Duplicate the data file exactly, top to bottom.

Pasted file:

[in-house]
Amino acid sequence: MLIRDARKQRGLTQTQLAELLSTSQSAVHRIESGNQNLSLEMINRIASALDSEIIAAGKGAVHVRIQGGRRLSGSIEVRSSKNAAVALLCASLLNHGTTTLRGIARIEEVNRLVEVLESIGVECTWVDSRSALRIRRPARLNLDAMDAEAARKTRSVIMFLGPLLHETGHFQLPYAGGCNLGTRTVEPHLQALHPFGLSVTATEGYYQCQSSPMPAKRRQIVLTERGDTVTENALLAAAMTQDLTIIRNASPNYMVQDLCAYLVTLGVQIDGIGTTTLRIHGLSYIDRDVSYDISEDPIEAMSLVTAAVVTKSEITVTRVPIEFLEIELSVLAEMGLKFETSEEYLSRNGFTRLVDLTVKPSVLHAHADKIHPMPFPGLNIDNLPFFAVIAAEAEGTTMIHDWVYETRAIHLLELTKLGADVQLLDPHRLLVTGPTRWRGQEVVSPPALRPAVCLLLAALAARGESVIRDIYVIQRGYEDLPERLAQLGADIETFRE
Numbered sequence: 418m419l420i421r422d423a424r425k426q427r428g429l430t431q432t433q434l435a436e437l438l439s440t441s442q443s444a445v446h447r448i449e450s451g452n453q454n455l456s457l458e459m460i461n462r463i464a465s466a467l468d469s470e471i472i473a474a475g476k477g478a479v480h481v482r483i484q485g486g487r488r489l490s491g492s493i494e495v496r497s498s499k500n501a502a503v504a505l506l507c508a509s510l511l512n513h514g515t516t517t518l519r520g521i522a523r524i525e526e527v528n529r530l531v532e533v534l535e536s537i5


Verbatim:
[in-house]
Amino acid sequence: MLIRDARKQRGLTQTQLAELLSTSQSAVHRIESGNQNLSLEMINRIASALDSEIIAAGKGAVHVRIQGGRRLSGSIEVRSSKNAAVALLCASLLNHGTTTLRGIARIEEVNRLVEVLESIGVECTWVDSRSALRIRRPARLNLDAMDAEAARKTRSVIMFLGPLLHETGHFQLPYAGGCNLGTRTVEPHLQALHPFGLSVTATEGYYQCQSSPMPAKRRQIVLTERGDTVTENALLAAAMTQDLTIIRNASPNYMVQDLCAYLVTLGVQIDGIGTTTLRIHGLSYIDRDVSYDISEDPIEAMSLVTAAVVTKSEITVTRVPIEFLEIELSVLAEMGLKFETSEEYLSRNGFTRLVDLTVKPSVLHAHADKIHPMPFPGLNIDNLPFFAVIAAEAEGTTMIHDWVYETRAIHLLELTKLGADVQLLDPHRLLVTGPTRWRGQEVVSPPALRPAVCLLLAALAARGESVIRDIYVIQRGYEDLPERLAQLGADIETFRE
Numbered sequence: 418m419l420i421r422d423a424r425k426q427r428g429l430t431q432t433q434l435a436e437l438l439s440t441s442q443s444a445v446h447r448i449e450s451g452n453q454n455l456s457l458e459m460i461n462r463i464a465s466a467l468d469s470e471i472i473a474a475g476k477g478a479v480h481v482r483i484q485g486g487r488r489l490s491g492s493i494e495v496r497s498s499k500n501a502a503v504a505l506l507c508a509s510l511l512n513h514g515t516t517t518l519r520g521i522a523r524i525e526e527v528n529r530l531v532e533v534l535e536s537i5